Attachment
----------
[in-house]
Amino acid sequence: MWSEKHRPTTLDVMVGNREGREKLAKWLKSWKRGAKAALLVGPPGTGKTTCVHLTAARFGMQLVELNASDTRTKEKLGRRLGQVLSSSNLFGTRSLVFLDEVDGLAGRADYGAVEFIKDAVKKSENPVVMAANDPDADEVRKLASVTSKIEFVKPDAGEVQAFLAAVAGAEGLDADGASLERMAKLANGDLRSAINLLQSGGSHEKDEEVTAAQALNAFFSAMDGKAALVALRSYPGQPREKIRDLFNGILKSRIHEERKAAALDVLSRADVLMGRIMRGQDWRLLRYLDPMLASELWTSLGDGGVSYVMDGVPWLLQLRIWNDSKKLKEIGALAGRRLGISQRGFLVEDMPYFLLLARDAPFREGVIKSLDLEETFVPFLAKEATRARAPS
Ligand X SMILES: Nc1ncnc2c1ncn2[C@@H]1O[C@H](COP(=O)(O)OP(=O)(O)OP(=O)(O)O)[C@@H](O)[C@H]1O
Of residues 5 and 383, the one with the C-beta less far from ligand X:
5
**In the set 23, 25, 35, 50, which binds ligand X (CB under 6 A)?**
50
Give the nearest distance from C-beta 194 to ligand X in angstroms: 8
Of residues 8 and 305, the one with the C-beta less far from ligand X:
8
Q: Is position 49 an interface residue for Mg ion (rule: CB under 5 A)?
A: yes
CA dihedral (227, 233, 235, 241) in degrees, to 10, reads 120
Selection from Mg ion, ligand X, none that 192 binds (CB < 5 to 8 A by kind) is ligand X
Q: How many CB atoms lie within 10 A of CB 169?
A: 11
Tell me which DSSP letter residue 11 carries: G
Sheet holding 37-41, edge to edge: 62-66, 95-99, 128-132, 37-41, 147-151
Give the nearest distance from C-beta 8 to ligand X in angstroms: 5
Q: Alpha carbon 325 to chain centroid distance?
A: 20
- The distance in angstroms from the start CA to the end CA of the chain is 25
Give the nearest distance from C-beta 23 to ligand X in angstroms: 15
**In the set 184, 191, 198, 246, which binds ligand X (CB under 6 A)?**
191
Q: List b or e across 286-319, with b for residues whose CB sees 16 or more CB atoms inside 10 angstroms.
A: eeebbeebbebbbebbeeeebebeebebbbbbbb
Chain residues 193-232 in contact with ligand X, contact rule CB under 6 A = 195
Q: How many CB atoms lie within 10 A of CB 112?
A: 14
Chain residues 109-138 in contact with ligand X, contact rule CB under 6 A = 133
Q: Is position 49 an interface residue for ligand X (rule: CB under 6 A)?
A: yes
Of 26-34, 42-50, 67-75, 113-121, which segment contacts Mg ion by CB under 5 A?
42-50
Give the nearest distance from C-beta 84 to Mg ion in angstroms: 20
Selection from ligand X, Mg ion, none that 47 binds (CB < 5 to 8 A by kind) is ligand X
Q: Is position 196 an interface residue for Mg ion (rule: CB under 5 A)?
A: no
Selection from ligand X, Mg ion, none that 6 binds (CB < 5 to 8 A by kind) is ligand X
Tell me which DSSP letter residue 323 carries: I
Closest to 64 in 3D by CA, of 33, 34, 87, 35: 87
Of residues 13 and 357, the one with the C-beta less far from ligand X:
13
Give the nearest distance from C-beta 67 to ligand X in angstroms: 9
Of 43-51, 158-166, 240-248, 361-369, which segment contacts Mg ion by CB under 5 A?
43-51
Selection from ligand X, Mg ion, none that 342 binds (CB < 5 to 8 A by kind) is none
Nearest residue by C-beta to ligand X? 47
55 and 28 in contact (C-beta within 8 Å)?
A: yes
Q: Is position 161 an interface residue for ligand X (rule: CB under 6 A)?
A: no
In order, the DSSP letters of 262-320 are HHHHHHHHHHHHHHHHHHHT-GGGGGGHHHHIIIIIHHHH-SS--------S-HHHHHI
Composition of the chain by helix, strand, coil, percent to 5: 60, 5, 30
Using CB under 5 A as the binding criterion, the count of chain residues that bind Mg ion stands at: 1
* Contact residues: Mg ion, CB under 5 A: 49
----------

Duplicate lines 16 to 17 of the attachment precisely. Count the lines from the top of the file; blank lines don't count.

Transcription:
A: 11
Tell me which DSSP letter residue 11 carries: G